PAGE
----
The NHS in Scotland should serve as a role model for reform for the public sector, a study has claimed.
According to the findings of a two-year report, post-devolution healthcare in Scotland represents a “groundbreaking” approach to industrial relations.
It has taken “arguably the most ambitious labour-management partnership so far attempted in the UK public sector” and made it work, research co-author Dr Peter Samuel said.
Academics from Nottingham University Business School studied NHS Scotland and NHS Wales as part of the work.
NHS Scotland has developed partnership agreements at national and board level as part of a strategy to engage staff in improving services.
Dr Samuel said: “We could not believe it - it is an incredibly intricate structure in Scotland. We had no idea Scotland was this advanced.
“Wales has a similar structure, but it has not been going as long and is catching up with Scotland.
“It’s astonishing this has not been studied before.
“Although partnerships are found elsewhere in the public sector, NHS Scotland’s stands out as distinct and novel.
“It is well-known that in NHS England, after devolution in Scotland and Wales, it increased its reliance on a market-based approach in the way it operates as an organisation. It is travelling in a different direction to Scotland and Wales.”
Dr Samuel said the result of NHS Scotland’s structure was an “incredible common agenda” among interested parties and it offered “valuable lessons in how to improve industrial relations”.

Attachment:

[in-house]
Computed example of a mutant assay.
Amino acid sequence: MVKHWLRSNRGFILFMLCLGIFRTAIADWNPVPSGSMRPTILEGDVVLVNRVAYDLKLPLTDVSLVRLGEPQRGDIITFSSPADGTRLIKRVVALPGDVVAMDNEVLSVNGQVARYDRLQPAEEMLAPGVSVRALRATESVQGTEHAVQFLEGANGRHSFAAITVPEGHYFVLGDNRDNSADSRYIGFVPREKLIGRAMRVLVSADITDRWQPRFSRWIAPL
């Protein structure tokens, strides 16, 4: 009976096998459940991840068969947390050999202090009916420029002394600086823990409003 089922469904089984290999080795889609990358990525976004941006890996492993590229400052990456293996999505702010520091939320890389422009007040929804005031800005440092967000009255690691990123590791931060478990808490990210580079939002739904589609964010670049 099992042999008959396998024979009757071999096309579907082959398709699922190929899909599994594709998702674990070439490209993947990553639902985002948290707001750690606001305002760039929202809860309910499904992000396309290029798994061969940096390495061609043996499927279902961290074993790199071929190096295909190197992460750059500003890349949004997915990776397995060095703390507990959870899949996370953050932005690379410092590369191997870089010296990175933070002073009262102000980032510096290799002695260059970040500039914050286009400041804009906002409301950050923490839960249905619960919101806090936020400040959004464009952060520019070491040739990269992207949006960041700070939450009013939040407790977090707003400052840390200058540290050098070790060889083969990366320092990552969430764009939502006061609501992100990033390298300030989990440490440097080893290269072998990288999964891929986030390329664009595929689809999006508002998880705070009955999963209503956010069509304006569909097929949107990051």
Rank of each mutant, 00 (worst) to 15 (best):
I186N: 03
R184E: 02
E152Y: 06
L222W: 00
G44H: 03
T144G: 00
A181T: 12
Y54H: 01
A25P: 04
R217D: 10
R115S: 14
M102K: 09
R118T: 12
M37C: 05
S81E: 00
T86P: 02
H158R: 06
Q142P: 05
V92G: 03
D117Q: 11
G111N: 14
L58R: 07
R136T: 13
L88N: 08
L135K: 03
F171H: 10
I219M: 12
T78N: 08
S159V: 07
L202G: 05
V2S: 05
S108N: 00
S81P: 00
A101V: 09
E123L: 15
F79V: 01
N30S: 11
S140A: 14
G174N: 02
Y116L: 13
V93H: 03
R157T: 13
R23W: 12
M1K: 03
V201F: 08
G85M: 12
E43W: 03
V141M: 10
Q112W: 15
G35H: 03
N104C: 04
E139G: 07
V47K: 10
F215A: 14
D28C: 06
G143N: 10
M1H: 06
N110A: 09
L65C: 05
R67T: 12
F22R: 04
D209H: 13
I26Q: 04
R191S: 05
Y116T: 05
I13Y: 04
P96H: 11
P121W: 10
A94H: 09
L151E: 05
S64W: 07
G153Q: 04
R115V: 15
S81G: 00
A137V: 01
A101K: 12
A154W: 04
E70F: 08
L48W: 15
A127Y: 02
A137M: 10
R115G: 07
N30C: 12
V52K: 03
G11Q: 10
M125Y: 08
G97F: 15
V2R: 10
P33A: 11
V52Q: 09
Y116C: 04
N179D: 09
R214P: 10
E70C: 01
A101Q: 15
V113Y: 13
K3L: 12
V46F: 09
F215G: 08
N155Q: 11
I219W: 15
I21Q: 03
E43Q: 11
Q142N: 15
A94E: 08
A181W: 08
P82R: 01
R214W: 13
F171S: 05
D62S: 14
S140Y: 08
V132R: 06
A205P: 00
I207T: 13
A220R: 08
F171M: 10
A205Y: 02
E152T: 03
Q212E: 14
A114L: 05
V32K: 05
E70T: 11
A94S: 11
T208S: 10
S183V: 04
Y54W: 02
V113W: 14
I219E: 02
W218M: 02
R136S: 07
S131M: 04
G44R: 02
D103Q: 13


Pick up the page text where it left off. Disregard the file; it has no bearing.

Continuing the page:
“Anyone wanting to understand how government, employers and staff should work together to deal with strategic and organisational challenges can learn from it,” he added.
“The policymakers of NHS Scotland clearly concluded the only way to deliver better healthcare was to improve the way staff were engaged.
“This led to the establishment of various structures at national and local levels to give staff more say in decisions affecting their working lives and healthcare provision.
“NHS Scotland has even passed into law a ‘staff governance code’ that compels all its health boards to engage and involve staff and their representatives.
“This innovation in industrial relations is arguably one of the biggest examples of industrial democracy to be found anywhere in the world - and they have made it work.”
- Dr Peter Samuel’s presentation to the Social Partnership Forum that includes background information and other related data can be viewed here (PDF)
- The study examined the frequency, scope, behaviour and who speaks at meetings
- Among the forums associated with NHS Scotland’s partnership agreements are the Scottish Workforce and Staff Governance Committee and the Scottish Partnership Forum and Secretariat
- Researchers attended forums and analysed published minutes from meetings held between 1999 and 2009 in NHS Scotland and meetings from 2004 in NHS Wales
- The study praised the way NHS Scotland separated broad-ranging debates over strategic issues from detailed discussions over specific workplace policies
- Dr Samuel also said the study found there was a near-absence of a “we’ve heard all this before” mentality and lack of repetition in Scotland
- He said the SPF addressed more than 133 topics in a decade.